Confessedly, as a class, the quadroon women of New Orleans are the most beautiful in America. Their personal attractions are not only irresistible, but they have, in general, the best blood of America in their veins. They are mostly white in complexion, and are, many of them, highly educated and accomplished; and yet, by the law of Louisiana, no man may marry a quadroon woman, unless he can prove that he, too, has African blood in his veins. A law involving a greater outrage on propriety, a more blasphemous trifling with the heart’s affections, and evincing a more contemptible tyranny, those who will look at the matter from the beginning to the end, will agree with me, could not possibly have been enacted.[…]
A planter, it seems, had fallen deeply in love with a charming quadroon girl. He desired to marry her; but the law forbade. What was he to do? To tarnish her honour was out of the question; he had too much himself to seek to tarnish hers. Here was a dilemma. But he was not to be foiled. What true heart will be, if there be any virtue in expedients?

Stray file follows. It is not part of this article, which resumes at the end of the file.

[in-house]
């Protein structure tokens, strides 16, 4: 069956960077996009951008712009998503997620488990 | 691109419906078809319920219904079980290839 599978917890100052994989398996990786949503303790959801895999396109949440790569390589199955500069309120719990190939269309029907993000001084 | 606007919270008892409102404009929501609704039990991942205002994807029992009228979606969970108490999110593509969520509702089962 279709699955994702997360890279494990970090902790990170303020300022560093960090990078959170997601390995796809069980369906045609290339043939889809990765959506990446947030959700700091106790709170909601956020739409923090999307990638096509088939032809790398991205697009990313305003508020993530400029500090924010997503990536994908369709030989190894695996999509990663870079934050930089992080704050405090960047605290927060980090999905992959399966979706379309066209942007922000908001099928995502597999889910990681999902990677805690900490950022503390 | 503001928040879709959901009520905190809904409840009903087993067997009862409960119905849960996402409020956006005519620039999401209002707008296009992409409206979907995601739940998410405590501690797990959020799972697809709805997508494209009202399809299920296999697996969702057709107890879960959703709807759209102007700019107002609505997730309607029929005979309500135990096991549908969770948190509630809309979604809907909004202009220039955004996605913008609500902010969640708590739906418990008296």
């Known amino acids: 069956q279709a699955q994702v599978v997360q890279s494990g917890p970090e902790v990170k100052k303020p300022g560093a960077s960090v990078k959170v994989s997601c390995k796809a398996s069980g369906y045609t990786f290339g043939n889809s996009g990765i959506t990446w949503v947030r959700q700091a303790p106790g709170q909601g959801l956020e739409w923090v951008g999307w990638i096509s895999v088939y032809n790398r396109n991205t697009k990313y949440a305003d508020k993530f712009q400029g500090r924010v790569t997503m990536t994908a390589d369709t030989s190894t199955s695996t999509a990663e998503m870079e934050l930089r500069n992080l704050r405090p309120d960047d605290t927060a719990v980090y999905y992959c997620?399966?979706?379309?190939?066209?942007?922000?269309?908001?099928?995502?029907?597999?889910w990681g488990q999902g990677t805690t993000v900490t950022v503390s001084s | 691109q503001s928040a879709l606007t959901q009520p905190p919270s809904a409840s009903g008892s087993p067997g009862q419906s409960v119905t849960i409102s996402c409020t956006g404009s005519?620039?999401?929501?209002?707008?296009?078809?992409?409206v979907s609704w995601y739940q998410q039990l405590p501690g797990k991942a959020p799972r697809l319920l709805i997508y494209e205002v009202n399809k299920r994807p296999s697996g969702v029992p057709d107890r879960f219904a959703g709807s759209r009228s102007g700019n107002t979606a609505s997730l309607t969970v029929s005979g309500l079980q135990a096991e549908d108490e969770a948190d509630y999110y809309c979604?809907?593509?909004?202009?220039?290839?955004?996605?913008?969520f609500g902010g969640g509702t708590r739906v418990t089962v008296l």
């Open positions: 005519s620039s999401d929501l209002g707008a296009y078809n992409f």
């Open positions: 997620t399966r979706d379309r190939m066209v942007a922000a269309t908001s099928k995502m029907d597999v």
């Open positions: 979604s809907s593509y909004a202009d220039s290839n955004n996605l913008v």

”– –In love,
His thoughts came down like a rushing stream.”
At last he got it. A capital thought, which could have crept out of no one’s brain, save that of a most desperate lover. He hit upon the expedient of extracting a little African blood from the veins of one of his slaves, and injecting it into his own. The deed done, the letter of the law was answered. He made proposals, was accepted, and they were married,–he being willing to risk his caste in obedience to a love higher and holier than any conventionalism which men have ever contrived to establish.
The American Prejudice Against Color by William G. Allen (1853).